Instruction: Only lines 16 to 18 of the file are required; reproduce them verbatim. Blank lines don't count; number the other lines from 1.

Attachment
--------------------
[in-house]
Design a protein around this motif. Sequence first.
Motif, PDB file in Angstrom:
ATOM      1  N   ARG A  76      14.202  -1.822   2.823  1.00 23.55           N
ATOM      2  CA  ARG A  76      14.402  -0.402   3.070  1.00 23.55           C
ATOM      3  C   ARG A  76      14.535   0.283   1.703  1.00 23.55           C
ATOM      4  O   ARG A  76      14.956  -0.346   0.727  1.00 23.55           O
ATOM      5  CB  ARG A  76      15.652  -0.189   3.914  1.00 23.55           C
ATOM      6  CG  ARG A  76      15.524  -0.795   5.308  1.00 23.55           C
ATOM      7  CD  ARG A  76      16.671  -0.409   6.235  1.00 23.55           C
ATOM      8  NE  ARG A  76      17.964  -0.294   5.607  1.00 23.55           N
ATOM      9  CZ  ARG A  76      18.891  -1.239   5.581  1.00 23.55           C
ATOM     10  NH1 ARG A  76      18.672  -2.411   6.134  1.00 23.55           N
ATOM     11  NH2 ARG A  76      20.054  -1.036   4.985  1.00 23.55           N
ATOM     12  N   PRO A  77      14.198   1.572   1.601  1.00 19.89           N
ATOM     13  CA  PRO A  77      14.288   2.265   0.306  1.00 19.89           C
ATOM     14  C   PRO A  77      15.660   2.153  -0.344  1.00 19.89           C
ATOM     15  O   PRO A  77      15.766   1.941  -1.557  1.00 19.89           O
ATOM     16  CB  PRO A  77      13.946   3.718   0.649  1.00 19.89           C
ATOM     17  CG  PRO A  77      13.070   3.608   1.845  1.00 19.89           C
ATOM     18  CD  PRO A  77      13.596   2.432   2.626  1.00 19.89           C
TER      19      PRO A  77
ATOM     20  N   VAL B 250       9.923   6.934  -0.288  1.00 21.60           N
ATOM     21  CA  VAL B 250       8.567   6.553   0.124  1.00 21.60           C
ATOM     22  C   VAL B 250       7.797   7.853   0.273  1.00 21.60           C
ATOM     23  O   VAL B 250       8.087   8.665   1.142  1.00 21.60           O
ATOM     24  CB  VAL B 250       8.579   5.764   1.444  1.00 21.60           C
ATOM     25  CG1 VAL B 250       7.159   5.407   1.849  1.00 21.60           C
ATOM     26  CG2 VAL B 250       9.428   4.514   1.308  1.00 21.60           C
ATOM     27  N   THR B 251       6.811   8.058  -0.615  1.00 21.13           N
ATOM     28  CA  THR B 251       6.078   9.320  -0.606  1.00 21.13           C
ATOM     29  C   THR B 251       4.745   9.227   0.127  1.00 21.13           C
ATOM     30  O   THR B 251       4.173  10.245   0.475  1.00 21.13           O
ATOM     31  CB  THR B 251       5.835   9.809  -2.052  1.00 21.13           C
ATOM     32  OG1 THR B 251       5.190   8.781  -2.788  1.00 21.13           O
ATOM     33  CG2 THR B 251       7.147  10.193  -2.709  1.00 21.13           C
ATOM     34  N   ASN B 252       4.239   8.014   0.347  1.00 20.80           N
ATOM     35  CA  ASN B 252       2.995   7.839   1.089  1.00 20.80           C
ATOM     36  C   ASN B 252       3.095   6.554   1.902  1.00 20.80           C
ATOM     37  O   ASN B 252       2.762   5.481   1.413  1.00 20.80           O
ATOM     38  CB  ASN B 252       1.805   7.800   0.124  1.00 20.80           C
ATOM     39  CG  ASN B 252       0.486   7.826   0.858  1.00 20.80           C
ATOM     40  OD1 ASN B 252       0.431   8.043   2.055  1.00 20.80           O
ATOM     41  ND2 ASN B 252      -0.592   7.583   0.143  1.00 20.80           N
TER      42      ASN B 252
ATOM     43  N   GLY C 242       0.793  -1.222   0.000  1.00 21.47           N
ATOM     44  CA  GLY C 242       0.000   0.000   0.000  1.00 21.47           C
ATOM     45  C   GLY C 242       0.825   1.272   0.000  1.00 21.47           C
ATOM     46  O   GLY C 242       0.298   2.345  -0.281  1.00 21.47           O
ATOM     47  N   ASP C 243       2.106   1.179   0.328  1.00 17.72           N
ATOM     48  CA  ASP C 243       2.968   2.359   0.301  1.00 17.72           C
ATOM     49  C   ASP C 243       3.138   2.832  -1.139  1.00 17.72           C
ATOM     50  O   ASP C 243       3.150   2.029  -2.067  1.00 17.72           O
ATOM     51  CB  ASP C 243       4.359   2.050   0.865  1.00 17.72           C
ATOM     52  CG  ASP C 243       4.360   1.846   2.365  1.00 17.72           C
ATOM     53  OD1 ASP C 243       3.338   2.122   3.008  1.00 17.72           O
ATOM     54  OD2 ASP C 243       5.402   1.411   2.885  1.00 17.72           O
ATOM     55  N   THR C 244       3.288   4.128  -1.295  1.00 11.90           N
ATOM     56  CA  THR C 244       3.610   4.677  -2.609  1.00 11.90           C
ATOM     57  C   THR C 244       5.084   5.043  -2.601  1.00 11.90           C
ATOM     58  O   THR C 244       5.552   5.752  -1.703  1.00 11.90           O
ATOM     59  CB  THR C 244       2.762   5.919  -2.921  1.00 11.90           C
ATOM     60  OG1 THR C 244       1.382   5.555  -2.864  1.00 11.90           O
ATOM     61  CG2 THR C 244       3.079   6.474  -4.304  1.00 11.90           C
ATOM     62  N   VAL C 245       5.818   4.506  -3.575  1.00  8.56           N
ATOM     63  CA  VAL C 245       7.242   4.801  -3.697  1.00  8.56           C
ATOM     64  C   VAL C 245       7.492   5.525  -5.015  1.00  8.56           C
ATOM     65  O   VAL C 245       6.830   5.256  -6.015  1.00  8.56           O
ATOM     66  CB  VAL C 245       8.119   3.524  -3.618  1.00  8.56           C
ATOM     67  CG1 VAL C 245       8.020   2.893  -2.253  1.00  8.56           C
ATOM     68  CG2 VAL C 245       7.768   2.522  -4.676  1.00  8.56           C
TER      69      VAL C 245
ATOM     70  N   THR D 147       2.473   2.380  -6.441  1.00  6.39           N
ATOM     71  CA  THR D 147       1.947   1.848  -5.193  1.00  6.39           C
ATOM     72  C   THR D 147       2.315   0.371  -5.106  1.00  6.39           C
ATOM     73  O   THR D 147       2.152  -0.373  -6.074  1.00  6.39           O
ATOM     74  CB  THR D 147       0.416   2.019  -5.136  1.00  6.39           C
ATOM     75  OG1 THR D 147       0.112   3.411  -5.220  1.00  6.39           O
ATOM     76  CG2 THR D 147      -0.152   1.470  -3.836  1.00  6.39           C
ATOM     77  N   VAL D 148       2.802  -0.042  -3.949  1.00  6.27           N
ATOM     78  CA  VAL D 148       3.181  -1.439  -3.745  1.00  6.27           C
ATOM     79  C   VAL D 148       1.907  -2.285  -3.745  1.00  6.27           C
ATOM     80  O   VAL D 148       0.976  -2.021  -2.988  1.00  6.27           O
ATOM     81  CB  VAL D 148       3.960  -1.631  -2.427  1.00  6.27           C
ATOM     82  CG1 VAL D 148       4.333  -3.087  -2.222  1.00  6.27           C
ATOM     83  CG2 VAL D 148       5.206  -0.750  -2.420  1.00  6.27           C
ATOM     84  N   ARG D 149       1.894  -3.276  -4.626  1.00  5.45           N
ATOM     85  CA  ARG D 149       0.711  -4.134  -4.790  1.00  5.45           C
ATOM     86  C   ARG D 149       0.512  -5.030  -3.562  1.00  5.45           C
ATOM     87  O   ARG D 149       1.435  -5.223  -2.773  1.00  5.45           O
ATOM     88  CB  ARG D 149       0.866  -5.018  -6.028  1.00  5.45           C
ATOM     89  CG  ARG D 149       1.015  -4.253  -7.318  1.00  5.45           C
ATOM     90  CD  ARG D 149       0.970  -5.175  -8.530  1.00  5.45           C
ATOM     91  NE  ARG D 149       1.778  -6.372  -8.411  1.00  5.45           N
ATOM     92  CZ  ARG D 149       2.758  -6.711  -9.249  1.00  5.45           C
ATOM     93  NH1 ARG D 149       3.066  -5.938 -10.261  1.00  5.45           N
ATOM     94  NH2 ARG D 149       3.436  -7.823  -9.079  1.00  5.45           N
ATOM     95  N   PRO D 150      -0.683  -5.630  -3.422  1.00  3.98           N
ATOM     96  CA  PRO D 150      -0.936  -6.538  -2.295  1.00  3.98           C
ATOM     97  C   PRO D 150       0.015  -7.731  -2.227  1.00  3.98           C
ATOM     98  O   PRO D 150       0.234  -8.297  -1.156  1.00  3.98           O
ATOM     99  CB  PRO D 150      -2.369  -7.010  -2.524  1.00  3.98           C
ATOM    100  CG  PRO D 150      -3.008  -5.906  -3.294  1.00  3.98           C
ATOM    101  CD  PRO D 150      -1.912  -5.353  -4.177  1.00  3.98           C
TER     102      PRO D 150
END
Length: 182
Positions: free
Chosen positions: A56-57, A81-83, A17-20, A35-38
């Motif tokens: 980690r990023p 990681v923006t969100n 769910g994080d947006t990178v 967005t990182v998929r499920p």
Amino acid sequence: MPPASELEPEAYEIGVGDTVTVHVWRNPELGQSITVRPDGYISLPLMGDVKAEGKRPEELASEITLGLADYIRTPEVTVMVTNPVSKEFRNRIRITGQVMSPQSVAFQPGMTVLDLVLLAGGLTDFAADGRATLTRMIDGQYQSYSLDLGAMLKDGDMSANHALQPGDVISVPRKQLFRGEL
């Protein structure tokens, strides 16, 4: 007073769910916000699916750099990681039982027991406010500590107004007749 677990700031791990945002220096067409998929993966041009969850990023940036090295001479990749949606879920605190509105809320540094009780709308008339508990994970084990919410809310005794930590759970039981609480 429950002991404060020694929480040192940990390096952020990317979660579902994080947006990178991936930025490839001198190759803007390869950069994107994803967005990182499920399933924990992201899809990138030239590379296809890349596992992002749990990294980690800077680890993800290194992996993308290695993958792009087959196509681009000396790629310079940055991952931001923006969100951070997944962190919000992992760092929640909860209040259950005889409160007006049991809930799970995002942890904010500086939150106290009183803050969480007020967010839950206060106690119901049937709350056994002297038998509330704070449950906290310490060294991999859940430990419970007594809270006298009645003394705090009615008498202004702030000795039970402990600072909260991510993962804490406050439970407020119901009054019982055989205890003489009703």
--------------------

ATOM     13  CA  PRO A  77      14.288   2.265   0.306  1.00 19.89           C
ATOM     14  C   PRO A  77      15.660   2.153  -0.344  1.00 19.89           C
ATOM     15  O   PRO A  77      15.766   1.941  -1.557  1.00 19.89           O